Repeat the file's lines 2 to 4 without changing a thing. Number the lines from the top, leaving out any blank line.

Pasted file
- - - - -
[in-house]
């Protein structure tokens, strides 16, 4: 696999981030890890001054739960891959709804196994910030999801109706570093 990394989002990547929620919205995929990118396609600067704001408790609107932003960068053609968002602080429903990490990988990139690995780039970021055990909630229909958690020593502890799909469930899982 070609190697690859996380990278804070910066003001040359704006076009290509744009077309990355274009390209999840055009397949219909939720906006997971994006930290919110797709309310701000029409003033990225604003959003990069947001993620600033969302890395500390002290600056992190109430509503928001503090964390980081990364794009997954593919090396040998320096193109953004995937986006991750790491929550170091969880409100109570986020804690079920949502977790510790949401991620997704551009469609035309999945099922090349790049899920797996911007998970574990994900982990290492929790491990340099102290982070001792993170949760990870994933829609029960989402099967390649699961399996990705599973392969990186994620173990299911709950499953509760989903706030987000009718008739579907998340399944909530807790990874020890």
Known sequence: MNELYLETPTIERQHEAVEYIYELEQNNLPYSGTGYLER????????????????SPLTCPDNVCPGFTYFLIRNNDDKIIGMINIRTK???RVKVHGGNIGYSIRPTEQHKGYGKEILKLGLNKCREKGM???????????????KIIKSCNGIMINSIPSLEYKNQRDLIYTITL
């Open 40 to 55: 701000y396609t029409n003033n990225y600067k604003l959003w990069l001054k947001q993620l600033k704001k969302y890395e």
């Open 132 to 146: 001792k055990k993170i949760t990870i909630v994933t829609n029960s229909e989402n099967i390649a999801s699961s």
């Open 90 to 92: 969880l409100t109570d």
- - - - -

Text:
């Protein structure tokens, strides 16, 4: 696999981030890890001054739960891959709804196994910030999801109706570093 990394989002990547929620919205995929990118396609600067704001408790609107932003960068053609968002602080429903990490990988990139690995780039970021055990909630229909958690020593502890799909469930899982 070609190697690859996380990278804070910066003001040359704006076009290509744009077309990355274009390209999840055009397949219909939720906006997971994006930290919110797709309310701000029409003033990225604003959003990069947001993620600033969302890395500390002290600056992190109430509503928001503090964390980081990364794009997954593919090396040998320096193109953004995937986006991750790491929550170091969880409100109570986020804690079920949502977790510790949401991620997704551009469609035309999945099922090349790049899920797996911007998970574990994900982990290492929790491990340099102290982070001792993170949760990870994933829609029960989402099967390649699961399996990705599973392969990186994620173990299911709950499953509760989903706030987000009718008739579907998340399944909530807790990874020890």
Known sequence: MNELYLETPTIERQHEAVEYIYELEQNNLPYSGTGYLER????????????????SPLTCPDNVCPGFTYFLIRNNDDKIIGMINIRTK???RVKVHGGNIGYSIRPTEQHKGYGKEILKLGLNKCREKGM???????????????KIIKSCNGIMINSIPSLEYKNQRDLIYTITL
């Open 40 to 55: 701000y396609t029409n003033n990225y600067k604003l959003w990069l001054k947001q993620l600033k704001k969302y890395e």